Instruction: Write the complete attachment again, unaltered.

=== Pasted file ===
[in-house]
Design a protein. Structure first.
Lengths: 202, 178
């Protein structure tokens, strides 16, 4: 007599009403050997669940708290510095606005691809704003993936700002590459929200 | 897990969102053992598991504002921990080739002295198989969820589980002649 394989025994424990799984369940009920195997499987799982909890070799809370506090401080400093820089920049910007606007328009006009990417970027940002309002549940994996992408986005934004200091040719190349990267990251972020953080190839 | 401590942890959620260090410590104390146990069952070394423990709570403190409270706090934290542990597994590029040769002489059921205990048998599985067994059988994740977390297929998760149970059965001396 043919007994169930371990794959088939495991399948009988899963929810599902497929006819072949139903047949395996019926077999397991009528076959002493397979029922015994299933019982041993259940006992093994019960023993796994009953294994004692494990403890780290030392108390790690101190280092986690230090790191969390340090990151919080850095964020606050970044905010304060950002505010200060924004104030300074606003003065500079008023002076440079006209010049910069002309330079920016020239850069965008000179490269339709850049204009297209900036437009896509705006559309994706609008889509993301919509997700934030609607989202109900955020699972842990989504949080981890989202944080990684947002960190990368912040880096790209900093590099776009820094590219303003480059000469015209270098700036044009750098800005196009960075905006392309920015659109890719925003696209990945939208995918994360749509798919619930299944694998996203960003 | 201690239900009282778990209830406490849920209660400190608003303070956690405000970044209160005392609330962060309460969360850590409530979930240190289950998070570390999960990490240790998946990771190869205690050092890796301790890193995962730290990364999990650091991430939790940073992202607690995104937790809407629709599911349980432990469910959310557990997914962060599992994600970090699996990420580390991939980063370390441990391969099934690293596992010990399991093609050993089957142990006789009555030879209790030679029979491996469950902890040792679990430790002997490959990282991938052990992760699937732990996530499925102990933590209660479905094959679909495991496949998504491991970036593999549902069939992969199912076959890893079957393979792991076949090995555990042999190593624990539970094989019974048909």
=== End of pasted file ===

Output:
[in-house]
Design a protein. Structure first.
Lengths: 202, 178
């Protein structure tokens, strides 16, 4: 007599009403050997669940708290510095606005691809704003993936700002590459929200 | 897990969102053992598991504002921990080739002295198989969820589980002649 394989025994424990799984369940009920195997499987799982909890070799809370506090401080400093820089920049910007606007328009006009990417970027940002309002549940994996992408986005934004200091040719190349990267990251972020953080190839 | 401590942890959620260090410590104390146990069952070394423990709570403190409270706090934290542990597994590029040769002489059921205990048998599985067994059988994740977390297929998760149970059965001396 043919007994169930371990794959088939495991399948009988899963929810599902497929006819072949139903047949395996019926077999397991009528076959002493397979029922015994299933019982041993259940006992093994019960023993796994009953294994004692494990403890780290030392108390790690101190280092986690230090790191969390340090990151919080850095964020606050970044905010304060950002505010200060924004104030300074606003003065500079008023002076440079006209010049910069002309330079920016020239850069965008000179490269339709850049204009297209900036437009896509705006559309994706609008889509993301919509997700934030609607989202109900955020699972842990989504949080981890989202944080990684947002960190990368912040880096790209900093590099776009820094590219303003480059000469015209270098700036044009750098800005196009960075905006392309920015659109890719925003696209990945939208995918994360749509798919619930299944694998996203960003 | 201690239900009282778990209830406490849920209660400190608003303070956690405000970044209160005392609330962060309460969360850590409530979930240190289950998070570390999960990490240790998946990771190869205690050092890796301790890193995962730290990364999990650091991430939790940073992202607690995104937790809407629709599911349980432990469910959310557990997914962060599992994600970090699996990420580390991939980063370390441990391969099934690293596992010990399991093609050993089957142990006789009555030879209790030679029979491996469950902890040792679990430790002997490959990282991938052990992760699937732990996530499925102990933590209660479905094959679909495991496949998504491991970036593999549902069939992969199912076959890893079957393979792991076949090995555990042999190593624990539970094989019974048909």